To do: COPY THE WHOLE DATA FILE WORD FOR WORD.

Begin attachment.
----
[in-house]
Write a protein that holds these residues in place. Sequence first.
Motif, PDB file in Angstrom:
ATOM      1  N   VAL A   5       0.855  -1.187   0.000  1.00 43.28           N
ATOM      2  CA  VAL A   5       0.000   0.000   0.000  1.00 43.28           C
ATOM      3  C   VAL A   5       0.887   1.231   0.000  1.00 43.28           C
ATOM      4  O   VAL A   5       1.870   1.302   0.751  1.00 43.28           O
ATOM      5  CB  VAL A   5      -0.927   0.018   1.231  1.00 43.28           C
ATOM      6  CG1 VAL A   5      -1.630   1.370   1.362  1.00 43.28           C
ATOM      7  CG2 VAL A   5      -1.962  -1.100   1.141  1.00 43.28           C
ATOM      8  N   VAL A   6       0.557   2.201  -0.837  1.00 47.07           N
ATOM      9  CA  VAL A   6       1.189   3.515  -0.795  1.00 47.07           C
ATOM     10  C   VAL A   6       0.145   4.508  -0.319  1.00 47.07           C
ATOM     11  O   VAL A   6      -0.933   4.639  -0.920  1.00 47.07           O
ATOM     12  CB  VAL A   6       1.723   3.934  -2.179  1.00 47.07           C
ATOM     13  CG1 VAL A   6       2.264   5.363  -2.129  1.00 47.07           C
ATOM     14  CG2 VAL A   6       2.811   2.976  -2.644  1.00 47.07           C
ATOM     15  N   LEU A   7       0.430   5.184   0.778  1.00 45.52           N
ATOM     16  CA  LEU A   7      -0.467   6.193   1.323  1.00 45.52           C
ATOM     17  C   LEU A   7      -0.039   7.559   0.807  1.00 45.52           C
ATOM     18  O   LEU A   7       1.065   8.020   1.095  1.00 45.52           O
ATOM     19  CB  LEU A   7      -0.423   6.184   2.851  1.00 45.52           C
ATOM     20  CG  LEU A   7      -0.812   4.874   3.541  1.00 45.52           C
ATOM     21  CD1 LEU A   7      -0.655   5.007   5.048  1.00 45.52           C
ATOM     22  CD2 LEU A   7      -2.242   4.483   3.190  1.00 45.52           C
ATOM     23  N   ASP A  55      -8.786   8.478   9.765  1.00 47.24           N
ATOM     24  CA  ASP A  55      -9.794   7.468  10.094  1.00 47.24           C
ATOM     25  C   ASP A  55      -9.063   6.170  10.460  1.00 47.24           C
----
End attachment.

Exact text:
[in-house]
Write a protein that holds these residues in place. Sequence first.
Motif, PDB file in Angstrom:
ATOM      1  N   VAL A   5       0.855  -1.187   0.000  1.00 43.28           N
ATOM      2  CA  VAL A   5       0.000   0.000   0.000  1.00 43.28           C
ATOM      3  C   VAL A   5       0.887   1.231   0.000  1.00 43.28           C
ATOM      4  O   VAL A   5       1.870   1.302   0.751  1.00 43.28           O
ATOM      5  CB  VAL A   5      -0.927   0.018   1.231  1.00 43.28           C
ATOM      6  CG1 VAL A   5      -1.630   1.370   1.362  1.00 43.28           C
ATOM      7  CG2 VAL A   5      -1.962  -1.100   1.141  1.00 43.28           C
ATOM      8  N   VAL A   6       0.557   2.201  -0.837  1.00 47.07           N
ATOM      9  CA  VAL A   6       1.189   3.515  -0.795  1.00 47.07           C
ATOM     10  C   VAL A   6       0.145   4.508  -0.319  1.00 47.07           C
ATOM     11  O   VAL A   6      -0.933   4.639  -0.920  1.00 47.07           O
ATOM     12  CB  VAL A   6       1.723   3.934  -2.179  1.00 47.07           C
ATOM     13  CG1 VAL A   6       2.264   5.363  -2.129  1.00 47.07           C
ATOM     14  CG2 VAL A   6       2.811   2.976  -2.644  1.00 47.07           C
ATOM     15  N   LEU A   7       0.430   5.184   0.778  1.00 45.52           N
ATOM     16  CA  LEU A   7      -0.467   6.193   1.323  1.00 45.52           C
ATOM     17  C   LEU A   7      -0.039   7.559   0.807  1.00 45.52           C
ATOM     18  O   LEU A   7       1.065   8.020   1.095  1.00 45.52           O
ATOM     19  CB  LEU A   7      -0.423   6.184   2.851  1.00 45.52           C
ATOM     20  CG  LEU A   7      -0.812   4.874   3.541  1.00 45.52           C
ATOM     21  CD1 LEU A   7      -0.655   5.007   5.048  1.00 45.52           C
ATOM     22  CD2 LEU A   7      -2.242   4.483   3.190  1.00 45.52           C
ATOM     23  N   ASP A  55      -8.786   8.478   9.765  1.00 47.24           N
ATOM     24  CA  ASP A  55      -9.794   7.468  10.094  1.00 47.24           C
ATOM     25  C   ASP A  55      -9.063   6.170  10.460  1.00 47.24           C